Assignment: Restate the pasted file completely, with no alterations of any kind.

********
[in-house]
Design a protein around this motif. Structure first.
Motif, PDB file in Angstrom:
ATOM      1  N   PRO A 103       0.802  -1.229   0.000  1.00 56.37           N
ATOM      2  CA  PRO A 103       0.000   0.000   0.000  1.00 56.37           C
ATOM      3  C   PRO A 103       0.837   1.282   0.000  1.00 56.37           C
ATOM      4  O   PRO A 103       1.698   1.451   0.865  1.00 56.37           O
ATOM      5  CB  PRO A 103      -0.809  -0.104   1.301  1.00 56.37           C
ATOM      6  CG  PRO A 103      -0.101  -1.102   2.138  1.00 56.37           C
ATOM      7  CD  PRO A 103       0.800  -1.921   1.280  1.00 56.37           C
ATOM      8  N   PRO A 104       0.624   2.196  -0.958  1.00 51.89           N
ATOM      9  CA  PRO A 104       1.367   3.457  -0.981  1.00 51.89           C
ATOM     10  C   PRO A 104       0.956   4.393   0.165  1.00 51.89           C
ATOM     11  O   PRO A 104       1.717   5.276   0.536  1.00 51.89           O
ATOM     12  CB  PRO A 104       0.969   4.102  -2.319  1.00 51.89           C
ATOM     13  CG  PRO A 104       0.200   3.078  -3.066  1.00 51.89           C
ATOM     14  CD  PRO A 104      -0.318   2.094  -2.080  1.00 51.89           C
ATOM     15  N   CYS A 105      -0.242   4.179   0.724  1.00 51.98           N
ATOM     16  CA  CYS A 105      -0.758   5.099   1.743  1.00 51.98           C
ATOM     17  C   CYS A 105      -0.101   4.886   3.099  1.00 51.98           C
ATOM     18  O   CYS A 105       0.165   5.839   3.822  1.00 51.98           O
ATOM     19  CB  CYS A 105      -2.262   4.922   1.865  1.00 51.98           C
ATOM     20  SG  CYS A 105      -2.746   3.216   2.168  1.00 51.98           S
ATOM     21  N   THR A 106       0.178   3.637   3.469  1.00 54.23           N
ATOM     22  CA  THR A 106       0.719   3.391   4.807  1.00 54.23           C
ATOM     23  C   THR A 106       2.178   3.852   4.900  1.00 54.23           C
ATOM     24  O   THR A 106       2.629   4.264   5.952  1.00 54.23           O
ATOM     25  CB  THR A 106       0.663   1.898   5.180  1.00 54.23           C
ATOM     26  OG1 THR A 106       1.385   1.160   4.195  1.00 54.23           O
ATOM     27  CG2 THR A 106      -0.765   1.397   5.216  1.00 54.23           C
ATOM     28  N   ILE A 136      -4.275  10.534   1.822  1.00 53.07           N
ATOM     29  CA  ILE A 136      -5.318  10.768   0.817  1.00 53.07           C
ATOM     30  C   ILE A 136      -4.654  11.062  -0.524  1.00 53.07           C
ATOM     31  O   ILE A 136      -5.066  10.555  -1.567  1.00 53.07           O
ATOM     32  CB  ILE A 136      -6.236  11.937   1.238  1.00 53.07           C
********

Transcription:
[in-house]
Design a protein around this motif. Structure first.
Motif, PDB file in Angstrom:
ATOM      1  N   PRO A 103       0.802  -1.229   0.000  1.00 56.37           N
ATOM      2  CA  PRO A 103       0.000   0.000   0.000  1.00 56.37           C
ATOM      3  C   PRO A 103       0.837   1.282   0.000  1.00 56.37           C
ATOM      4  O   PRO A 103       1.698   1.451   0.865  1.00 56.37           O
ATOM      5  CB  PRO A 103      -0.809  -0.104   1.301  1.00 56.37           C
ATOM      6  CG  PRO A 103      -0.101  -1.102   2.138  1.00 56.37           C
ATOM      7  CD  PRO A 103       0.800  -1.921   1.280  1.00 56.37           C
ATOM      8  N   PRO A 104       0.624   2.196  -0.958  1.00 51.89           N
ATOM      9  CA  PRO A 104       1.367   3.457  -0.981  1.00 51.89           C
ATOM     10  C   PRO A 104       0.956   4.393   0.165  1.00 51.89           C
ATOM     11  O   PRO A 104       1.717   5.276   0.536  1.00 51.89           O
ATOM     12  CB  PRO A 104       0.969   4.102  -2.319  1.00 51.89           C
ATOM     13  CG  PRO A 104       0.200   3.078  -3.066  1.00 51.89           C
ATOM     14  CD  PRO A 104      -0.318   2.094  -2.080  1.00 51.89           C
ATOM     15  N   CYS A 105      -0.242   4.179   0.724  1.00 51.98           N
ATOM     16  CA  CYS A 105      -0.758   5.099   1.743  1.00 51.98           C
ATOM     17  C   CYS A 105      -0.101   4.886   3.099  1.00 51.98           C
ATOM     18  O   CYS A 105       0.165   5.839   3.822  1.00 51.98           O
ATOM     19  CB  CYS A 105      -2.262   4.922   1.865  1.00 51.98           C
ATOM     20  SG  CYS A 105      -2.746   3.216   2.168  1.00 51.98           S
ATOM     21  N   THR A 106       0.178   3.637   3.469  1.00 54.23           N
ATOM     22  CA  THR A 106       0.719   3.391   4.807  1.00 54.23           C
ATOM     23  C   THR A 106       2.178   3.852   4.900  1.00 54.23           C
ATOM     24  O   THR A 106       2.629   4.264   5.952  1.00 54.23           O
ATOM     25  CB  THR A 106       0.663   1.898   5.180  1.00 54.23           C
ATOM     26  OG1 THR A 106       1.385   1.160   4.195  1.00 54.23           O
ATOM     27  CG2 THR A 106      -0.765   1.397   5.216  1.00 54.23           C
ATOM     28  N   ILE A 136      -4.275  10.534   1.822  1.00 53.07           N
ATOM     29  CA  ILE A 136      -5.318  10.768   0.817  1.00 53.07           C
ATOM     30  C   ILE A 136      -4.654  11.062  -0.524  1.00 53.07           C
ATOM     31  O   ILE A 136      -5.066  10.555  -1.567  1.00 53.07           O
ATOM     32  CB  ILE A 136      -6.236  11.937   1.238  1.00 53.07           C